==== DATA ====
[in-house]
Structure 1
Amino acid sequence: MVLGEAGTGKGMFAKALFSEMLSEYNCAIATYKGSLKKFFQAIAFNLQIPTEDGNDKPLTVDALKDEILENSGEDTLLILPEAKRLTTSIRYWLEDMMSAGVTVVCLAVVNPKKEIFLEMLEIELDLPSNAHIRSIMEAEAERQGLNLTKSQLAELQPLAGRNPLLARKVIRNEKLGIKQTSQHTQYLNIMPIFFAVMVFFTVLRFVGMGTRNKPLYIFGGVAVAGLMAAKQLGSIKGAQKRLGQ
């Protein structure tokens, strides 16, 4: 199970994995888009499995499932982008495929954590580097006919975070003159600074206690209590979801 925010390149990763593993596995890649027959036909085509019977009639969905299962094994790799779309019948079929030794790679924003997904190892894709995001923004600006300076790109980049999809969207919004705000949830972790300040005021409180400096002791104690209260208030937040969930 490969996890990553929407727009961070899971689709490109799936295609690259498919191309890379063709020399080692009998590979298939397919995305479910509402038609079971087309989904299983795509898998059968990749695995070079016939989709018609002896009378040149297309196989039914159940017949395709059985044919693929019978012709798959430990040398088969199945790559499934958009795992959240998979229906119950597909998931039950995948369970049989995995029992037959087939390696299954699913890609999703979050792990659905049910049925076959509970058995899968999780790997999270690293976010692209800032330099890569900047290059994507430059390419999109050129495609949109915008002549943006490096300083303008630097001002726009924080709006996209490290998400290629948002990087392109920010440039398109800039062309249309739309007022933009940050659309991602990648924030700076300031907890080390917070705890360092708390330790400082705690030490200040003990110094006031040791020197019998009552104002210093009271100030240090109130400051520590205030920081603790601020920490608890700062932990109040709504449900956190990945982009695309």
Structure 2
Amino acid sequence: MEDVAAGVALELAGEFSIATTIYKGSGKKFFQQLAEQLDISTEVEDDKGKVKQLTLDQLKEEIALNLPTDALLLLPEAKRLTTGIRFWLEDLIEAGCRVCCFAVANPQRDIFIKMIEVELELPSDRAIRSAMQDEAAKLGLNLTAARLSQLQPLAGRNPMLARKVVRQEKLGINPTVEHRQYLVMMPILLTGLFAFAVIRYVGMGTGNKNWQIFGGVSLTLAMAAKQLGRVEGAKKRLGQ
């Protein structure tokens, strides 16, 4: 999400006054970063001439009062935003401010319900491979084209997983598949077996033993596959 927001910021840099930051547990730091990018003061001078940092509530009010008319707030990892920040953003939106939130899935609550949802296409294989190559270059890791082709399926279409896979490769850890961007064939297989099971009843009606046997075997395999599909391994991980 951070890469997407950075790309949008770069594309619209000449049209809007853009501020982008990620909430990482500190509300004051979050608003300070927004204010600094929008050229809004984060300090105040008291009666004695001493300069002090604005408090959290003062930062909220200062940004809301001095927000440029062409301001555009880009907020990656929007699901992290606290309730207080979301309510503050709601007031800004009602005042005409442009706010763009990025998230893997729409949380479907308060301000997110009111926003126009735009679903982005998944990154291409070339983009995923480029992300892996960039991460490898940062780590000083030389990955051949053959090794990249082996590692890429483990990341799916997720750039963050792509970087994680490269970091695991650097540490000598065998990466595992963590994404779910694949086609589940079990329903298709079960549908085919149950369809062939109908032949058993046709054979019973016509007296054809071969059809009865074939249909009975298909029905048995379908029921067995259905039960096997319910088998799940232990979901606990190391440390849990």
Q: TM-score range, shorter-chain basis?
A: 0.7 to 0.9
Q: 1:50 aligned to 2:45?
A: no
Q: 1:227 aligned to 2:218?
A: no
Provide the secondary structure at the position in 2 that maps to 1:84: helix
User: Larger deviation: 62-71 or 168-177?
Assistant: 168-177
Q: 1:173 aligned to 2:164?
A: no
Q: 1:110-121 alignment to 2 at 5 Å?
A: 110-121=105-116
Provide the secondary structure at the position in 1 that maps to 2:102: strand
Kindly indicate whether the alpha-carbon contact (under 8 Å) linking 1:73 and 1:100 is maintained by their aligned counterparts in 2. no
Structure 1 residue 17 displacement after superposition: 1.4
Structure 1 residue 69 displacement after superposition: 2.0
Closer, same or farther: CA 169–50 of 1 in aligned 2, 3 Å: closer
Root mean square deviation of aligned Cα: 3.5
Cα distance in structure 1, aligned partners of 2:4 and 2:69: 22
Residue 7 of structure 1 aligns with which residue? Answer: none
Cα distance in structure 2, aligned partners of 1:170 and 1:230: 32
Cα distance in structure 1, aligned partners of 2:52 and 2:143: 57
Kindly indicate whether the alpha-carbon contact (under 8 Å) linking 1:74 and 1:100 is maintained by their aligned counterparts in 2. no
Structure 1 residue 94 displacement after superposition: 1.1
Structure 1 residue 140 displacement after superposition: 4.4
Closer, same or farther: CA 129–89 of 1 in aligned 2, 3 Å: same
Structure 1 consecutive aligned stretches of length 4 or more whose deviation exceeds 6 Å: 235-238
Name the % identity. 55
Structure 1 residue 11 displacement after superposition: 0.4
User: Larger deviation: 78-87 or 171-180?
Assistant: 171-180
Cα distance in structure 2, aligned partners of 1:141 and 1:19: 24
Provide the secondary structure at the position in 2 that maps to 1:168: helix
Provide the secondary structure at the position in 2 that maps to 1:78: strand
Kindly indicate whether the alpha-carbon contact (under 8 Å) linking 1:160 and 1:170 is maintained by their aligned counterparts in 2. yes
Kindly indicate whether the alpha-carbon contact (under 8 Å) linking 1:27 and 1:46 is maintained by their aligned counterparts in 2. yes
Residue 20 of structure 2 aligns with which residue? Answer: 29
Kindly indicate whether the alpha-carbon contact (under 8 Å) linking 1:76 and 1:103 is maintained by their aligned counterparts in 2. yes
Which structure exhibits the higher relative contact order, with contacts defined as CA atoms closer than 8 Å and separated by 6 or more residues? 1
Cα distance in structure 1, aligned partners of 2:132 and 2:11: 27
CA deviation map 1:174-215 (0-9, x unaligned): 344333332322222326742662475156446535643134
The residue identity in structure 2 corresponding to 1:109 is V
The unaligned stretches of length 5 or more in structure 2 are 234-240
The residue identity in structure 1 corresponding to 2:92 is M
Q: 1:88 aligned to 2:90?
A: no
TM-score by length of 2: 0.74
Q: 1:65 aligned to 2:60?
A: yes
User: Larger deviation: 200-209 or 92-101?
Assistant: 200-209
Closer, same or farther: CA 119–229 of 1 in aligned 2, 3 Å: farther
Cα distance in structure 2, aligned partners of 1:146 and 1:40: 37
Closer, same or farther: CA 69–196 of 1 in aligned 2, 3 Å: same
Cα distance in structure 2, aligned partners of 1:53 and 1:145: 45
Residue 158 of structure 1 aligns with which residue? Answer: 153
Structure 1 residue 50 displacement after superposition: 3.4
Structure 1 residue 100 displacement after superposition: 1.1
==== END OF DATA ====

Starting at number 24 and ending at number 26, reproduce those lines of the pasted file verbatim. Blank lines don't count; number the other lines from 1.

Structure 1 residue 69 displacement after superposition: 2.0
Closer, same or farther: CA 169–50 of 1 in aligned 2, 3 Å: closer
Root mean square deviation of aligned Cα: 3.5